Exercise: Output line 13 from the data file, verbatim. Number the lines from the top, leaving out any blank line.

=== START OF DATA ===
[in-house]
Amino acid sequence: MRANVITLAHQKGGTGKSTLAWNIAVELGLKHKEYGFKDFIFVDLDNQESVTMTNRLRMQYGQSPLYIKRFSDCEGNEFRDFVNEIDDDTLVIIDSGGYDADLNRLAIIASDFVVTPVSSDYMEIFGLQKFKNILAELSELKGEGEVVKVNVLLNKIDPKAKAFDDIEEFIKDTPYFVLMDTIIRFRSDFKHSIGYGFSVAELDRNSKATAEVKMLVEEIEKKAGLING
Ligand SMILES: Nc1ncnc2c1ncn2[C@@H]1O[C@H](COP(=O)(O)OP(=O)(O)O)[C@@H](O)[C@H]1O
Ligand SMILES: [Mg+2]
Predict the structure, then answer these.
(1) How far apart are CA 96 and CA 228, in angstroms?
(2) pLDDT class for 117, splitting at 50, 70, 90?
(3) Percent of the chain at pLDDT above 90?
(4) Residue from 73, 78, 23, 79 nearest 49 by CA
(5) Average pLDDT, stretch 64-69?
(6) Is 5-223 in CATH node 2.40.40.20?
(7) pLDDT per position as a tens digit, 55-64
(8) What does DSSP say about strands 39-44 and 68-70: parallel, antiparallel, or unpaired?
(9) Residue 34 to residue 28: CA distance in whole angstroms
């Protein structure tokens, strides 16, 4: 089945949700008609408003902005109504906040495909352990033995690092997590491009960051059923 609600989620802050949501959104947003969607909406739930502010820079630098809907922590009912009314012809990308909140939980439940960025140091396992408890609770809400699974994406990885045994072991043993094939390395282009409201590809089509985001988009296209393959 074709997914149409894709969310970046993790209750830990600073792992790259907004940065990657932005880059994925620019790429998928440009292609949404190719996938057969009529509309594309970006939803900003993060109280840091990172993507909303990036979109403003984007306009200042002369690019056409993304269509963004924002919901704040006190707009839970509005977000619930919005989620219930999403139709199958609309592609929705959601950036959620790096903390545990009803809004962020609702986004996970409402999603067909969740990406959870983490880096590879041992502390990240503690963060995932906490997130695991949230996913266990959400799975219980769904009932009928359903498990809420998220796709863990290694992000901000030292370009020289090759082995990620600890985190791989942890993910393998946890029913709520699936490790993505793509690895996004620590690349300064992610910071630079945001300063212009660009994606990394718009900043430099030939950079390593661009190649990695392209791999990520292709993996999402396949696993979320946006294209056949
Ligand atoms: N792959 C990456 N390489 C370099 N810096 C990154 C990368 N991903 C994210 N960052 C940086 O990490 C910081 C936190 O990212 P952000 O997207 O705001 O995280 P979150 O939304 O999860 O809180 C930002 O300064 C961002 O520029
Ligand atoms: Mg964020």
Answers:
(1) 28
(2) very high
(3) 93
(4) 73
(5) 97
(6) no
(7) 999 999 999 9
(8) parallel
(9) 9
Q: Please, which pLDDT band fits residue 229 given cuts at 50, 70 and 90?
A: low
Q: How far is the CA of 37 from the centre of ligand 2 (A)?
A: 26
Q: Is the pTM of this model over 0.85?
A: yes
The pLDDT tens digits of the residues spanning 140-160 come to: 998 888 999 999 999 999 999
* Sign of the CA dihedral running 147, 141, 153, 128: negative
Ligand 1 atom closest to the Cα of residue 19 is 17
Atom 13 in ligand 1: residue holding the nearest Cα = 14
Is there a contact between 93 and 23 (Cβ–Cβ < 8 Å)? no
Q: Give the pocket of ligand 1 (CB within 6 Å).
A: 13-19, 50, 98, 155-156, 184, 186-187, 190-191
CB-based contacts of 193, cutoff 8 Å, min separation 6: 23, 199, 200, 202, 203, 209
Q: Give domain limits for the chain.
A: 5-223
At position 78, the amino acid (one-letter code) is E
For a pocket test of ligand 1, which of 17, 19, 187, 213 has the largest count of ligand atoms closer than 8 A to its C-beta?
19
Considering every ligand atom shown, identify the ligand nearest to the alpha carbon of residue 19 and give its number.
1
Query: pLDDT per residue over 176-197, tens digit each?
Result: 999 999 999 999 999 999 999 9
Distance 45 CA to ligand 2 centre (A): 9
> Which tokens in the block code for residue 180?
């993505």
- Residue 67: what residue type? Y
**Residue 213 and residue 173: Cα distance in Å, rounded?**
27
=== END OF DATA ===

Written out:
(8) What does DSSP say about strands 39-44 and 68-70: parallel, antiparallel, or unpaired?